Anti-nepotism law takes effect in Hawaii

Rep. David Tarnas

A new law took effect Tuesday prohibiting nepotism across state government — particularly for the 60,000 employees in the executive branch — but notably exempts the state Legislature and Judiciary.

The law became reality following 31 recommendations proposed by the Commission to Improve Standards of Conduct following the February 2022 guilty pleas of disgraced former Senate Majority Leader J. Kalani English and now-former Rep. Ty J.K. Cullen. They pleaded guilty in federal court to accepting bribes to support and kill legislation on behalf of Milton J. Choy, owner and manager of a company called H2O Process Systems.


State Rep. David Tarnas (D, Hawi-Waimea-Waikoloa) chairs the House Judiciary and Hawaiian Affairs Committee, which reviewed all of the bills proposed last legislative session to tighten ethics and campaign spending rules proposed by the Commission to Improve Standards of Conduct, state Campaign Spending Commission, state Ethics Commission and state Office of Elections.

Tarnas told the Honolulu Star-Advertiser on Tuesday that the exemptions were carefully considered, including exceptions for rural communities where “everybody’s related to each other and the labor pool is shallower.”

Specifically for the Legislature, Tarnas said, “According to the Constitution … we have to regulate ourselves.”

So at the start of the legislative session, the House wrote anti-nepotism rules in its employment manual that say “we cannot hire or supervise someone we’re related to, to comply with the way the Constitution is written,” Tarnas said.

The Senate already had similar anti-nepotism rules.

The Judiciary branch, Tarnas said, also “discipline themselves. They’re so careful, otherwise they really compromise their ability to render judgment. So they’re hyper sensitive about it.”

The Ethics Commission supported a bill that failed last session that would have included the Legislature and Judiciary.

Overall, Robert D. Harris, executive director and general counsel of the Ethics Commission, called the new nepotism law “cause for great celebration.”

Asked about the exceptions for the Legislature and Judiciary, Harris told the Star-Advertiser, “We’re viewing this as 95% of a manapua, and we’ll take it. … We’ll take the win.”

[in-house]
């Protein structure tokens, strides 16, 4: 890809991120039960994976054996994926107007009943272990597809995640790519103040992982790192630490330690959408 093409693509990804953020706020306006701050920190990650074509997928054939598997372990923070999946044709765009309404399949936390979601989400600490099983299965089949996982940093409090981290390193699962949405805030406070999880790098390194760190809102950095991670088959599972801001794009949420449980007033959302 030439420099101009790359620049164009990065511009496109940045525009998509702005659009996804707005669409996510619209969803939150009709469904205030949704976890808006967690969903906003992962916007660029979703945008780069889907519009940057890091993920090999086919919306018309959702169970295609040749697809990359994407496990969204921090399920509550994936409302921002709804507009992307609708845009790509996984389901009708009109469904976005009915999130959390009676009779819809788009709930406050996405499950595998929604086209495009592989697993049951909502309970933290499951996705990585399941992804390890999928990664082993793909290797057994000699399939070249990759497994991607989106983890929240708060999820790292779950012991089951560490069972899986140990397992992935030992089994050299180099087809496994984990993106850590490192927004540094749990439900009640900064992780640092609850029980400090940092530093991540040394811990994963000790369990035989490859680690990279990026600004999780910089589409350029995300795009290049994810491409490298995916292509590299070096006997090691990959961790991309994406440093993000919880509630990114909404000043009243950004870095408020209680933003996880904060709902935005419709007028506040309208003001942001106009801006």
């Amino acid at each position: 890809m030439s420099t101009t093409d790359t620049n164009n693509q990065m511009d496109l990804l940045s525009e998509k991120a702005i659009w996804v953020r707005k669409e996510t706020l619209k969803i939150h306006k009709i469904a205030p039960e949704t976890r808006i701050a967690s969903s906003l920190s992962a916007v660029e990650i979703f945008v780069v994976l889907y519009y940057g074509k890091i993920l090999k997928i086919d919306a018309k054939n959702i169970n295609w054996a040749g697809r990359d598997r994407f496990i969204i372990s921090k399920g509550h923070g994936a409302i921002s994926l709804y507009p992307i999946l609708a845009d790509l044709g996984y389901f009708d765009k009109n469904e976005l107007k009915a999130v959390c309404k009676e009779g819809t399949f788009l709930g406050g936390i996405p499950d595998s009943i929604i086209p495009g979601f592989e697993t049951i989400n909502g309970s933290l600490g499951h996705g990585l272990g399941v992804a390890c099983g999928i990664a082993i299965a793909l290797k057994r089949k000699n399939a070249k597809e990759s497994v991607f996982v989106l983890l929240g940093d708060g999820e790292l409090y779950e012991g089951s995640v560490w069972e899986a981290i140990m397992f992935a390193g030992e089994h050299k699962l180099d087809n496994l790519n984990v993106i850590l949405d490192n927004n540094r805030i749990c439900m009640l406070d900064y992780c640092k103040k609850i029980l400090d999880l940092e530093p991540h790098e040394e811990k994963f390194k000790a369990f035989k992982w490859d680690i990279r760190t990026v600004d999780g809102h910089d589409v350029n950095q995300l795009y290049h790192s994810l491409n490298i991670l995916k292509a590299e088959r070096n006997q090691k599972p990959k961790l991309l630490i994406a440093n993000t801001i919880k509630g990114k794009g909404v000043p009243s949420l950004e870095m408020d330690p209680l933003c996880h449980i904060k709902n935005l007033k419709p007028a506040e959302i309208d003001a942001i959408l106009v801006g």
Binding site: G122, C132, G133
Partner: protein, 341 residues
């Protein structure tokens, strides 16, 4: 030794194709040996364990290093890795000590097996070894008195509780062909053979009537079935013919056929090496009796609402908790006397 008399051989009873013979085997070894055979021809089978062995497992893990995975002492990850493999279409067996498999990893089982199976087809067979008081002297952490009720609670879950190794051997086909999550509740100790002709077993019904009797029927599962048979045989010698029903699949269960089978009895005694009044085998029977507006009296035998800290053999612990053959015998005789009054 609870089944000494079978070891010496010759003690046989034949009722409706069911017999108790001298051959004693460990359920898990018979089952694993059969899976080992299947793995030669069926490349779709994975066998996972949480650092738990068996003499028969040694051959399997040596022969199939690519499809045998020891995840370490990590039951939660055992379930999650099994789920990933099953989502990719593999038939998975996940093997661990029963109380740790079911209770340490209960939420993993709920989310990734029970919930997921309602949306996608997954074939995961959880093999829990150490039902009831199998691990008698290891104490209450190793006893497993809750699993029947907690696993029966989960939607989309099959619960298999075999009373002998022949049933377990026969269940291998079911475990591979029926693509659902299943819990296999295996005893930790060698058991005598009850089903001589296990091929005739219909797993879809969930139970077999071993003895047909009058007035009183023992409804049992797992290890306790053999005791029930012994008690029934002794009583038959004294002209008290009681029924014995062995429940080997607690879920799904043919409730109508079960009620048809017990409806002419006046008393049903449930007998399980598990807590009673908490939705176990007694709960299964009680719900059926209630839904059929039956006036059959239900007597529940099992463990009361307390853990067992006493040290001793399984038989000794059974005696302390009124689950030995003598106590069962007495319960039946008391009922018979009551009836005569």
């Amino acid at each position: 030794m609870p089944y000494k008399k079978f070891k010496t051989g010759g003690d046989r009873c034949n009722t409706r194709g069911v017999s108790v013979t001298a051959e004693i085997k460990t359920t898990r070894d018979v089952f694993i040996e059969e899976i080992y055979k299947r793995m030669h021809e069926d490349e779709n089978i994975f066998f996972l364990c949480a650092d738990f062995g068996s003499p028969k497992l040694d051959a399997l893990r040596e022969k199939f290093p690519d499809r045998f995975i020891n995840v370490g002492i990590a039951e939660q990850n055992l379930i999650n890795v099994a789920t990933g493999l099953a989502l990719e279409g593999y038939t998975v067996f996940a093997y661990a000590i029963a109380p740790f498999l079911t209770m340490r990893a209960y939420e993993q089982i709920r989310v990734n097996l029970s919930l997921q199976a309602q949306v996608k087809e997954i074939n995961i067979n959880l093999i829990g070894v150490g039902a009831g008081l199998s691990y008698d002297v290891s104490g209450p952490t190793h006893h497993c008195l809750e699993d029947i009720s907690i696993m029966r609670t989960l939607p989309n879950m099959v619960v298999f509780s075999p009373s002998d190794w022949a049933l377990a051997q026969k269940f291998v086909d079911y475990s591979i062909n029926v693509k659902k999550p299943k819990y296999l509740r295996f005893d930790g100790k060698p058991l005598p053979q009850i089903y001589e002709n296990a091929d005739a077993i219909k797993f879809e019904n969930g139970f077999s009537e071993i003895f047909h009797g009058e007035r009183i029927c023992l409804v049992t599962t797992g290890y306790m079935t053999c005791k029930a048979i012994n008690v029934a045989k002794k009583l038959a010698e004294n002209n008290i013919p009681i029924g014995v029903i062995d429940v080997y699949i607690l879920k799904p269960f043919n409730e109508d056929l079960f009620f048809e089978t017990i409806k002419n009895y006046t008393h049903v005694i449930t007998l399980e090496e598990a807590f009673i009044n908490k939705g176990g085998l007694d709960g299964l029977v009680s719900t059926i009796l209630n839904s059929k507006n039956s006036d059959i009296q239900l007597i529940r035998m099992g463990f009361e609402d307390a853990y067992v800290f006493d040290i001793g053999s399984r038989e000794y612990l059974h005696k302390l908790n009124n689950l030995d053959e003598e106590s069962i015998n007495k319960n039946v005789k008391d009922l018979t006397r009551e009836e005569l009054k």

The new nepotism law, Harris said, represents “a bright-line rule. Public transparency is good for everyone.”

There may be legitimate reasons why nepotism rules should be waived, such as health care workers who are related and serving together in rural communities, particularly on the neighbor islands, he said.

“By requiring those people to file a good-cause exception, people can see why this reason requires an exception,” Harris said.

The commission regularly conducts nepotism investigations, and “frequently we do not find anything nefarious,” he said. “But from a public point of view, it just doesn’t look right.”

The commission welcomes questions and guidance from people regarding the new law, Harris said, because “we want to give them all the tools they need.”

In a statement, Wes Fong, chair of the Ethics Commission, said the new law “ensures that state employment is based on merit and not familial relationship and favoritism.”

Kee Campbell, the commission’s enforcement director, said in a statement that “passage of this bill ensures opportunities are based on talent, skill, and qualifications rather than family connections. It is a powerful message that positions of power should be earned through merit rather than inherited.”

For more information — The state Ethics Commissions has created a “Quick Guide to the Nepotism Law” that can be found at People with questions or concerns or who want to seek an exception should contact the Ethics Commission at 808-587-0460, or email ethics

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